Home News Working group formed to look at 383 Sorauren
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Feb 13, 2013  |  Vote 0    0

Working group formed to look at 383 Sorauren

Parkdale Villager

Residents were far from pleased with the plans for 383 Sorauren Ave., but instead of rejecting the developer’s application they voted to form a working group to help guide the project.

At a community consultation meeting regarding the proposed condominium development, residents from the neighbourhood surrounding the site at Sorauren Avenue and Dundas Street West reviewed the plans for the large brick building and openly expressed their displeasure with the height, size and look of the building.

“You can say ‘no’ outright or we can start a working group that would work with developers to come up with something that fits in with the neighbourhood,” said Parkdale-High Park Councillor Gord Perks.

Given that option, those in attendance voted to form the working group, which will be made up of a handful of people from the neighbourhood as chosen by the councillor’s office, Perks said.

The group will consist of members from the Roncesvalles-Macdonell Residents’ Association, Robert Watson Lofts, and those with “certain expertise” said Perks.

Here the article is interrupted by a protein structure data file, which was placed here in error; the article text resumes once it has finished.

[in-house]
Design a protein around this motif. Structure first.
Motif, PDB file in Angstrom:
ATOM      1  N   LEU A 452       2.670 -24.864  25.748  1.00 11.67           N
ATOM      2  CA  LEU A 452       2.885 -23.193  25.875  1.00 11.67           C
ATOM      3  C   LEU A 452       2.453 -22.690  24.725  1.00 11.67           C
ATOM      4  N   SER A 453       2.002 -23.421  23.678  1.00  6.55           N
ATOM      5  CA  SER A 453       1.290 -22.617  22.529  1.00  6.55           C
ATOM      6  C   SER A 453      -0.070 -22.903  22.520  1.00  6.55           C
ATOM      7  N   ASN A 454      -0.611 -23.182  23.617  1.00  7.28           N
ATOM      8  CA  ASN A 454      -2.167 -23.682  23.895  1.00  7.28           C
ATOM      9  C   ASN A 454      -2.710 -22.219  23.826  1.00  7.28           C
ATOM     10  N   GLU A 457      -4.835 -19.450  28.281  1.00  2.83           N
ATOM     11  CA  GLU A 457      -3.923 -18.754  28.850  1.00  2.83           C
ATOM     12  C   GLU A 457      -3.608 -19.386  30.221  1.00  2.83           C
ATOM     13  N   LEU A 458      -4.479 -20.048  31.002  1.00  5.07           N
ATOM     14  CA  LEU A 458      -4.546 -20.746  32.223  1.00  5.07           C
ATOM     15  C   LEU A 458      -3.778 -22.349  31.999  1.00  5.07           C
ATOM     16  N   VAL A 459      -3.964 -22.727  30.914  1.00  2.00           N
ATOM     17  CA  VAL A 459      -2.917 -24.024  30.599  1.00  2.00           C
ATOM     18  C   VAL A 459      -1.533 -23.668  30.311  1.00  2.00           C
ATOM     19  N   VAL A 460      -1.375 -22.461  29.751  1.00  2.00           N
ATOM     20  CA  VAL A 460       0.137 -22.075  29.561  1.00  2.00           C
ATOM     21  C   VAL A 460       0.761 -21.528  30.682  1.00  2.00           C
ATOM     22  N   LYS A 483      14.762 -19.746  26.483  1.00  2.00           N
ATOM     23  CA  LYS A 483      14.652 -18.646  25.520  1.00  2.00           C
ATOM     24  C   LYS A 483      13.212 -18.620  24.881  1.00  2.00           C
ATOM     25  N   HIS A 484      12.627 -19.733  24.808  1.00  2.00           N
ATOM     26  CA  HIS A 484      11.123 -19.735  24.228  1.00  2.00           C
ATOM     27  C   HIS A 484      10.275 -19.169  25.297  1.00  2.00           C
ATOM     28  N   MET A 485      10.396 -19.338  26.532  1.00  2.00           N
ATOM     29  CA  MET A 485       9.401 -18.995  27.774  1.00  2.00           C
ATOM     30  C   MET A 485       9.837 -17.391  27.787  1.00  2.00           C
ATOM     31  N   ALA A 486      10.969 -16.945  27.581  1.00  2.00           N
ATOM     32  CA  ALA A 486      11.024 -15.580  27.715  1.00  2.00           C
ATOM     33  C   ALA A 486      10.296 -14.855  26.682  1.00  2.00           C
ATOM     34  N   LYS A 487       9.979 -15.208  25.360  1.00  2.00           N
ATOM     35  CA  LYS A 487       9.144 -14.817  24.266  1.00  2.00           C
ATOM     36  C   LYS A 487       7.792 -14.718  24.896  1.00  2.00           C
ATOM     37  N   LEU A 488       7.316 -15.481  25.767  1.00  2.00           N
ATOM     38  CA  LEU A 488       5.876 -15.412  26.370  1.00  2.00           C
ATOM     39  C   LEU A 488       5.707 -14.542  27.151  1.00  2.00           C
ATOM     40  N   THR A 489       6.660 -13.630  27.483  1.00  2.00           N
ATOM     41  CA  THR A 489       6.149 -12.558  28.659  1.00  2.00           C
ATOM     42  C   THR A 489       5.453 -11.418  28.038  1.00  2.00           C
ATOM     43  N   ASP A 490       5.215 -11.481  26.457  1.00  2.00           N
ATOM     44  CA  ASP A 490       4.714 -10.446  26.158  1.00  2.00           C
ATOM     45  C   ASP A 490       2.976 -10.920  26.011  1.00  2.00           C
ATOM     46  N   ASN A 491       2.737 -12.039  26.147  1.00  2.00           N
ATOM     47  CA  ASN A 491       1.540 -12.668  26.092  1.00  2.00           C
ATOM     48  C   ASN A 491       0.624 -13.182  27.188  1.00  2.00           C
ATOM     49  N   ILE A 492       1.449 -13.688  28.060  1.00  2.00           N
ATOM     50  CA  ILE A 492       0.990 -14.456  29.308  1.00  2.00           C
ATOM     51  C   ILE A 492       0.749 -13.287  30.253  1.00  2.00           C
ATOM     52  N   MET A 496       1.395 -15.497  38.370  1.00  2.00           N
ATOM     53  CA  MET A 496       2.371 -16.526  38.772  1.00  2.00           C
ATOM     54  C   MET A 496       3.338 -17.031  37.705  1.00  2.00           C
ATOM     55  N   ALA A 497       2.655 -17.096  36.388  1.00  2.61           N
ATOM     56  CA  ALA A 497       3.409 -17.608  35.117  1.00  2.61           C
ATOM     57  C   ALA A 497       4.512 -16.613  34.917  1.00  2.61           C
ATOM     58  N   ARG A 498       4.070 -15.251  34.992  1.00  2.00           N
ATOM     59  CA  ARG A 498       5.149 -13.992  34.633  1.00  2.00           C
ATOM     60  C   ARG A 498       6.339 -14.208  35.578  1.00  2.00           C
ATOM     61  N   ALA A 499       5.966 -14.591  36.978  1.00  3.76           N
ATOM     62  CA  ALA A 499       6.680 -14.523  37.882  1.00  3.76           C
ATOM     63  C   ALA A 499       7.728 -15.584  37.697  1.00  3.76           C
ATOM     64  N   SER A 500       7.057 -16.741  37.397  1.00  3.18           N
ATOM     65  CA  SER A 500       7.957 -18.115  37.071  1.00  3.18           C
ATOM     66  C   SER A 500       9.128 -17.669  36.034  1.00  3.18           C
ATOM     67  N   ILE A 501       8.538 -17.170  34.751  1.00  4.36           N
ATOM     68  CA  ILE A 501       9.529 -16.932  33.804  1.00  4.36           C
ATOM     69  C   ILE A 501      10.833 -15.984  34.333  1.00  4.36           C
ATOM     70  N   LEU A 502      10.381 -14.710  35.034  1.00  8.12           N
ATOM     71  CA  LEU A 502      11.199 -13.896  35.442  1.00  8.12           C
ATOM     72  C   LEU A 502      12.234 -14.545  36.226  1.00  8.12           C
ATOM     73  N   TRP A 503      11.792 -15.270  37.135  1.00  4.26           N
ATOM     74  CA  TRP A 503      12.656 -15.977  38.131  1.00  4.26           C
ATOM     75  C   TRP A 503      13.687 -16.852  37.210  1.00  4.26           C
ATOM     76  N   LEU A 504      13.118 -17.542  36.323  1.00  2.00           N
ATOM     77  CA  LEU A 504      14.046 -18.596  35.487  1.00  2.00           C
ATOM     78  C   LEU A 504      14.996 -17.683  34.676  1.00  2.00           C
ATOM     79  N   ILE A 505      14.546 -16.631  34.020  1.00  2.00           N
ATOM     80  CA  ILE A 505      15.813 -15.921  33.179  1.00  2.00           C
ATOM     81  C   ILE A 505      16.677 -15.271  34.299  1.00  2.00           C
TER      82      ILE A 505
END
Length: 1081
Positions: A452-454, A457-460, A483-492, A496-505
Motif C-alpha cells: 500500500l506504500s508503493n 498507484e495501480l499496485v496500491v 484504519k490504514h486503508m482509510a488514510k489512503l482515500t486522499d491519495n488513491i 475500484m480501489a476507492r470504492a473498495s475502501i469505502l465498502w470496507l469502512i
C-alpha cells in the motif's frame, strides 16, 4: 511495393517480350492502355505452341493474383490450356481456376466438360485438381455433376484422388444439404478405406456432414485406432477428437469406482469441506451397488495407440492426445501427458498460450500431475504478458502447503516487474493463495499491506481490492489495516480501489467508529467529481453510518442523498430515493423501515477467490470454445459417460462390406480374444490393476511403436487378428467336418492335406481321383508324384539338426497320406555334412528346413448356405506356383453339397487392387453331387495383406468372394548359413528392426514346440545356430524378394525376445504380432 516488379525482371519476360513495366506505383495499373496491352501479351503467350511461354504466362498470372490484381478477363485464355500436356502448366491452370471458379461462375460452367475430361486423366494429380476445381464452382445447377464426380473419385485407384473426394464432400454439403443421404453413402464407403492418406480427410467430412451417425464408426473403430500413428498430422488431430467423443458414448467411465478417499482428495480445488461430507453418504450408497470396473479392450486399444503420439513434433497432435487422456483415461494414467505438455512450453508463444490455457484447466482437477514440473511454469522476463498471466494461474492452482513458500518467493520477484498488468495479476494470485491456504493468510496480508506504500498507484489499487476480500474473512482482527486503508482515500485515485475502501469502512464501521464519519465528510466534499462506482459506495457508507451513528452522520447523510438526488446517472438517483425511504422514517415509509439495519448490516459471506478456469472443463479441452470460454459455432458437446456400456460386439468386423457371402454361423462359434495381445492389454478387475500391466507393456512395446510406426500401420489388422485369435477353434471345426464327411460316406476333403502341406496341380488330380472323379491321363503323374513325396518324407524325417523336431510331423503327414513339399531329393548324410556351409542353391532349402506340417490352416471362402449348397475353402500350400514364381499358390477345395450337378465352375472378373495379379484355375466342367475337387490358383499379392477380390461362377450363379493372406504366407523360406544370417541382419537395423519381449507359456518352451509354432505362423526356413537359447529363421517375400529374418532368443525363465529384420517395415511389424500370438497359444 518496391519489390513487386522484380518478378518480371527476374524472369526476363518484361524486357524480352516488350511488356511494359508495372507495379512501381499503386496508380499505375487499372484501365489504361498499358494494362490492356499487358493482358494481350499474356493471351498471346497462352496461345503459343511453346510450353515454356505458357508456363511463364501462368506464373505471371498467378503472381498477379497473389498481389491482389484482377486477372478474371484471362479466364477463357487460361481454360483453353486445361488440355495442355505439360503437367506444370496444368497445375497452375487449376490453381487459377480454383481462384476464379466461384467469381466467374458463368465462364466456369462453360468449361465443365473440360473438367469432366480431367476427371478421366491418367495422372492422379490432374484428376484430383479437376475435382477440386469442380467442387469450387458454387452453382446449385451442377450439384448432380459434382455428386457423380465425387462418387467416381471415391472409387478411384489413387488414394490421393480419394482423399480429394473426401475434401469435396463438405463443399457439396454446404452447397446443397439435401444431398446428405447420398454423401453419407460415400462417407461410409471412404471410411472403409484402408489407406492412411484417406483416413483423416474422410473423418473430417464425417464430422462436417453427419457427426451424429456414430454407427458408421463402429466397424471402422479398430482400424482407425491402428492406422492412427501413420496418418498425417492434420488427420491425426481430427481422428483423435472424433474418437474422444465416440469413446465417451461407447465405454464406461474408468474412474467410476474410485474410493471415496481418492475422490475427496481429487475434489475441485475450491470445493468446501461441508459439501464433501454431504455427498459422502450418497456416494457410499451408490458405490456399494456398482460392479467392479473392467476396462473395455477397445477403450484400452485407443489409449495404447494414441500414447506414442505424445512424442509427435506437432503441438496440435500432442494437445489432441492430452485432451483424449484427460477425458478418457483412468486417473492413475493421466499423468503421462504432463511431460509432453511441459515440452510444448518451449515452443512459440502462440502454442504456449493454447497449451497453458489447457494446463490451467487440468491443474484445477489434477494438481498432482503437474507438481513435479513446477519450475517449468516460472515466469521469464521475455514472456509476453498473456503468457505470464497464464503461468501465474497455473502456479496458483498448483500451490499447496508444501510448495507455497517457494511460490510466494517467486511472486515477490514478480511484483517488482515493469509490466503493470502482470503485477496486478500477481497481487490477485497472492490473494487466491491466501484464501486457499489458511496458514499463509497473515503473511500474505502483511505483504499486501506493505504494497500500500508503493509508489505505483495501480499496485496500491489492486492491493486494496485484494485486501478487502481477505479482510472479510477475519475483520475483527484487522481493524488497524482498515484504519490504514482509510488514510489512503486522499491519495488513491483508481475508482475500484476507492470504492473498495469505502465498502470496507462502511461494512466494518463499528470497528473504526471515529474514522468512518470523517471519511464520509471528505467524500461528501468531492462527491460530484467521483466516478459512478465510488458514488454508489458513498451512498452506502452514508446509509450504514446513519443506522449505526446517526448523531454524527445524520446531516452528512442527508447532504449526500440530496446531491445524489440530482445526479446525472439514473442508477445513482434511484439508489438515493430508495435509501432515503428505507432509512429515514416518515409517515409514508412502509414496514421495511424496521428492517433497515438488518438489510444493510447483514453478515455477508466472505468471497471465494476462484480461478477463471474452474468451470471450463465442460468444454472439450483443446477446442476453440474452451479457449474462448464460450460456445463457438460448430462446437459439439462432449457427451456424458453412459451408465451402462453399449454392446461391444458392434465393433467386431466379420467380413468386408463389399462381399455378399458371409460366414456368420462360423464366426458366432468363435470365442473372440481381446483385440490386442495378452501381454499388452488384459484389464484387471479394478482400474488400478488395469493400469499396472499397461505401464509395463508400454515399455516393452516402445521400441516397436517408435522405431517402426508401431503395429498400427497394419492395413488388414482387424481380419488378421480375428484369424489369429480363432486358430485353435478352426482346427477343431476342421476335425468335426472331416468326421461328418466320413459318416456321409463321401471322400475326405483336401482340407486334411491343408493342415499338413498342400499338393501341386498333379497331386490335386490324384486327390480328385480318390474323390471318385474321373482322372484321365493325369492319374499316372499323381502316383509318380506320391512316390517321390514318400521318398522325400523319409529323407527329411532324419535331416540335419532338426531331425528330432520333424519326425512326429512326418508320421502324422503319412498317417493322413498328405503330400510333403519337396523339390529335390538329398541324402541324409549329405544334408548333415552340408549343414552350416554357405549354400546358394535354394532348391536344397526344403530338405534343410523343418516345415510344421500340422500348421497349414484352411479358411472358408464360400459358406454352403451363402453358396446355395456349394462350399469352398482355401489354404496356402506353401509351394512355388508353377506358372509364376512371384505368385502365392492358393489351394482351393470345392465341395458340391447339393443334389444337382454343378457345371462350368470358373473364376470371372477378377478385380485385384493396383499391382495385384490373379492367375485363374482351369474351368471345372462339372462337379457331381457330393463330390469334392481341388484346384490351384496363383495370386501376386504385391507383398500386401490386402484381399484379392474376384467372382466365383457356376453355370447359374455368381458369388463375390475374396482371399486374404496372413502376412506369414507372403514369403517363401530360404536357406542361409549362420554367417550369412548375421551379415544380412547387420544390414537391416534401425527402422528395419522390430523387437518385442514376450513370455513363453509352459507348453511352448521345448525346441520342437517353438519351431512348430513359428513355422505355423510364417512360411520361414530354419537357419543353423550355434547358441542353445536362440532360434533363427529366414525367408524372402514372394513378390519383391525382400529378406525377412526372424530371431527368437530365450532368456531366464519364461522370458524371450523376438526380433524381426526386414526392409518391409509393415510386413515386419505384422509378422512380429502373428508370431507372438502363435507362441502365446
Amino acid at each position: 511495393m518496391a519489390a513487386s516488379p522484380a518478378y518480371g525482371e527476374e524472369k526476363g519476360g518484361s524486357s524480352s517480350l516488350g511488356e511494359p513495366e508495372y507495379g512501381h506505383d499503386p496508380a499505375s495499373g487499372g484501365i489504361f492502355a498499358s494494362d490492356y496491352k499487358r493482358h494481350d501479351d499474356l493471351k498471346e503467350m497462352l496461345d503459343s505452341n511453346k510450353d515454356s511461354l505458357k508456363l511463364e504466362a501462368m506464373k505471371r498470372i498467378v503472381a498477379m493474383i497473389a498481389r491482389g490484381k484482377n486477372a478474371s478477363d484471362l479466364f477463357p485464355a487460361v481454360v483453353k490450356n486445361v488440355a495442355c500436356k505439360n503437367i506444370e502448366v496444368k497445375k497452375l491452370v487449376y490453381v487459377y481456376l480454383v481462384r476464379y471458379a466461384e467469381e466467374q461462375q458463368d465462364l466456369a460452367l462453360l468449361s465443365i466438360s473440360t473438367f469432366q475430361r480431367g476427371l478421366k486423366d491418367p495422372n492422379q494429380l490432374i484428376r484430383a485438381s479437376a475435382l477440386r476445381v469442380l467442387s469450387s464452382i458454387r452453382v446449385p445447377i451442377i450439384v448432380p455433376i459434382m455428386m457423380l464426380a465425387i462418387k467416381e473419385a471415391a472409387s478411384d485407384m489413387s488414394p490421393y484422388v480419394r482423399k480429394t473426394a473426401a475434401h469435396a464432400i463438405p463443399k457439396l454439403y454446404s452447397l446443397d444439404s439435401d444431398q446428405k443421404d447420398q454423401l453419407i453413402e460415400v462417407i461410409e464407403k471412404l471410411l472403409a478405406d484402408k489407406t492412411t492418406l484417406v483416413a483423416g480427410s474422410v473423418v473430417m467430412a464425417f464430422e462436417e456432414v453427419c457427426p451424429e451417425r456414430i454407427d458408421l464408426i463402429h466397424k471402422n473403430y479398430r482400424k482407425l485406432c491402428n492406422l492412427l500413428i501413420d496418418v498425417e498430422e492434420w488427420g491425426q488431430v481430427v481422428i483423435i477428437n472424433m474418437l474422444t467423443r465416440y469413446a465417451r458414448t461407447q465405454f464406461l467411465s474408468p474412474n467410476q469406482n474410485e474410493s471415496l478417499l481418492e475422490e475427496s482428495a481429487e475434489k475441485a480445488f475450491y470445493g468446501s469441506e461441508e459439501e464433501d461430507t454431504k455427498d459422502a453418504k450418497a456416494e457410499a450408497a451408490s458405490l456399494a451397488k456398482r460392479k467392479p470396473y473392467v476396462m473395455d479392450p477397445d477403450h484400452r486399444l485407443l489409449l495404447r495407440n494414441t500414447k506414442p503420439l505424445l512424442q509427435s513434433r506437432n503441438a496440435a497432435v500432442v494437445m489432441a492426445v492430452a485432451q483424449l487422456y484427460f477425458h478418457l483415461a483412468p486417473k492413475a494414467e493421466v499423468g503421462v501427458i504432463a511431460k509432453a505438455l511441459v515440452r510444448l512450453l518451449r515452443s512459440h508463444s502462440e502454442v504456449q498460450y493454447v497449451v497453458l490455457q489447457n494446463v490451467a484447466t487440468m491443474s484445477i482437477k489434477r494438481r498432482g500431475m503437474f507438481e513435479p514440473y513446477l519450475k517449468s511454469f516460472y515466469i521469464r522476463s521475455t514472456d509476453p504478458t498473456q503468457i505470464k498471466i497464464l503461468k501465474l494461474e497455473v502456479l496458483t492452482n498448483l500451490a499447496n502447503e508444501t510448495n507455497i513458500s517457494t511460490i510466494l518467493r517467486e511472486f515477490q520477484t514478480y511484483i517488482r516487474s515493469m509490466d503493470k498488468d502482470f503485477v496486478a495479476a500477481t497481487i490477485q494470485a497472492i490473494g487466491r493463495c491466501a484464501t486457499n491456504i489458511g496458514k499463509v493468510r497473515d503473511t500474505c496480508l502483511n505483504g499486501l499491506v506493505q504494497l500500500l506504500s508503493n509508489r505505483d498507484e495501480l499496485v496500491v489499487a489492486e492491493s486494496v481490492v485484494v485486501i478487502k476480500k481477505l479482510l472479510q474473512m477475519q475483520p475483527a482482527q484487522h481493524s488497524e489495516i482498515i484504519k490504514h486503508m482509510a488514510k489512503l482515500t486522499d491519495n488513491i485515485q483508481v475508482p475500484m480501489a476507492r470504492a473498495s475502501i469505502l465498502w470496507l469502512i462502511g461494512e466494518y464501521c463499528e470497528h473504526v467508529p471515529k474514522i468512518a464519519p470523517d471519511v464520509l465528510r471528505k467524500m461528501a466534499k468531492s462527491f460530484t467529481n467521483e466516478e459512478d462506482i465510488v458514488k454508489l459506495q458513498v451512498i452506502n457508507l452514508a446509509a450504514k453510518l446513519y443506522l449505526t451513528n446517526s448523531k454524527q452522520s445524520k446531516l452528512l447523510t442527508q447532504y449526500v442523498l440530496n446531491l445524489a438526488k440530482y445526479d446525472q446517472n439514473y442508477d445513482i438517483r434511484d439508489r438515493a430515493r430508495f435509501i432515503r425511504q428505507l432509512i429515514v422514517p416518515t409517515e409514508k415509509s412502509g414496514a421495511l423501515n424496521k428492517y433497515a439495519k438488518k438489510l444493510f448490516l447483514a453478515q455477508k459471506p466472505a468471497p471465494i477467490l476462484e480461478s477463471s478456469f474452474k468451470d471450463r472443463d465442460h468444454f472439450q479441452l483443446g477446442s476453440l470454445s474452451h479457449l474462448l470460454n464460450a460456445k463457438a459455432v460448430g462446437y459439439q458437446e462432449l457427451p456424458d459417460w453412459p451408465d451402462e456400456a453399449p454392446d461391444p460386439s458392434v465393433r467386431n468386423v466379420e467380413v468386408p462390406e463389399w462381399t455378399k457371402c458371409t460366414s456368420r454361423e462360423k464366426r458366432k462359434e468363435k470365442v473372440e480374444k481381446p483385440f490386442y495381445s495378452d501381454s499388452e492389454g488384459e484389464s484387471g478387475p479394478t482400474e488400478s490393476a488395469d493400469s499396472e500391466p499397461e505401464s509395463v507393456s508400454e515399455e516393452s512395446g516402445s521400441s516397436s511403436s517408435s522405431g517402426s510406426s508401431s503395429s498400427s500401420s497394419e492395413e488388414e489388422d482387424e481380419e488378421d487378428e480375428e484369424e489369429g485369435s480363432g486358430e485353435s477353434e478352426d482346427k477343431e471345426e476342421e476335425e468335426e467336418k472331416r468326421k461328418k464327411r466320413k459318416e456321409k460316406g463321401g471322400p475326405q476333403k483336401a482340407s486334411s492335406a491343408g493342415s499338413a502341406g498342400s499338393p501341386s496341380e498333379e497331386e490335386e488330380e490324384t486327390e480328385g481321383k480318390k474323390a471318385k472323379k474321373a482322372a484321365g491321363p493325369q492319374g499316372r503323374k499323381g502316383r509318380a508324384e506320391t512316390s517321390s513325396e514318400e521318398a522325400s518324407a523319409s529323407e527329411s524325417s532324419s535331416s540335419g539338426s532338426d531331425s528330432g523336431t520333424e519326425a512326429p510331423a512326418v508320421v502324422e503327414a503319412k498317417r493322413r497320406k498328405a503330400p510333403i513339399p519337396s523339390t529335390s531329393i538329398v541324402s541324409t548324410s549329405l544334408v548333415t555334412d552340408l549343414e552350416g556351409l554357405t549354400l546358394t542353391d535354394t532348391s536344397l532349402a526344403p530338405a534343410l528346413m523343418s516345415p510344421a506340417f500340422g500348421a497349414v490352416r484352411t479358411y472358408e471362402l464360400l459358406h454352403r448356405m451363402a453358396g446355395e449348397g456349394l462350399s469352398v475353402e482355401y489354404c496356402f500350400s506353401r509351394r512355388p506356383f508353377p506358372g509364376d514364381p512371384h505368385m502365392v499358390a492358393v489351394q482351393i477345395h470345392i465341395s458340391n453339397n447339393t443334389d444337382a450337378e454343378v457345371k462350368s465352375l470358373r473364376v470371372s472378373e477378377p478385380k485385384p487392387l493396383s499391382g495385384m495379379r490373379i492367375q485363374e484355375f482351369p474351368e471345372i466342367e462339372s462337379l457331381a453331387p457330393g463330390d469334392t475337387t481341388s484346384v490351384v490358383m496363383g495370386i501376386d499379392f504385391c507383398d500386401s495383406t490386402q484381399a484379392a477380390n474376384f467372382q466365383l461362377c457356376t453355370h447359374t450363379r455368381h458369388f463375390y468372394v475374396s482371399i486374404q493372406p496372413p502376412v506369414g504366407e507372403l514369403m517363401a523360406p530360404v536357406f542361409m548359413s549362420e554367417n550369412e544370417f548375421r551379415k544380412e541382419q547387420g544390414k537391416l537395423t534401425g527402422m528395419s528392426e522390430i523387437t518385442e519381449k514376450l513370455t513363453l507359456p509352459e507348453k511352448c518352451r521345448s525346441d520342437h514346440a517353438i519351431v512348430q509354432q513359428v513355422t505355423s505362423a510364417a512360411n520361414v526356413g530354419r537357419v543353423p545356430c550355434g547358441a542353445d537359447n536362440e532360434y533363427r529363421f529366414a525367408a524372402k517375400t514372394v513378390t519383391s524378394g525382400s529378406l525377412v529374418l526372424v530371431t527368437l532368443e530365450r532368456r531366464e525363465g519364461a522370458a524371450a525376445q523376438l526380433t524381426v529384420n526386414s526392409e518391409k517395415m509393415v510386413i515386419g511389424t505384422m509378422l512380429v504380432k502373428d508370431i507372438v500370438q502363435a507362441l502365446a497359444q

“Development is coming regardless, so let’s help guide it,” one resident said.

Monday’s meeting, held in Roncesvalles Village, was the second public meeting on the proposed development an 11-storey condo building with 165 units with an average size of 700 square feet. There is also one large non-residential unit on the first floor.

The proposed building is 34 metres high, more than double the 14 metres currently permitted on the lot. Residents also heard that is seven and a half times the average density in the neighbourhood.

Facing Sorauren Avenue, the proposal includes two-story townhomes, which Heather Olson of Architects Alliance said match the impression of the townhomes next door at the Robert Watson Lofts.

Olson shared plans for a large number of bike parking spaces and an apple orchard on a berm along the rail line.

Residents expressed concern about increased vehicle and bike traffic on Sorauren.

“I don’t think the street itself can support an increase of that many homes and that many people,” one resident said.

Another resident questioned the impact another condo building would have on water and electrical services as well as city infrastructure.

The city’s preliminary report by planner Thomas Rees identified a number of concerns with the proposal. They include the height and density of the proposed building, the design and conformity to the neighourhood. The report also lists the shadow impact, compatibility with employment uses in the area, proximity to existing industrial uses and proximity to the rail corridor as issues.

The developer will file their final proposal with the city and it will be considered by Toronto and East York Community Council in the next three or four months.

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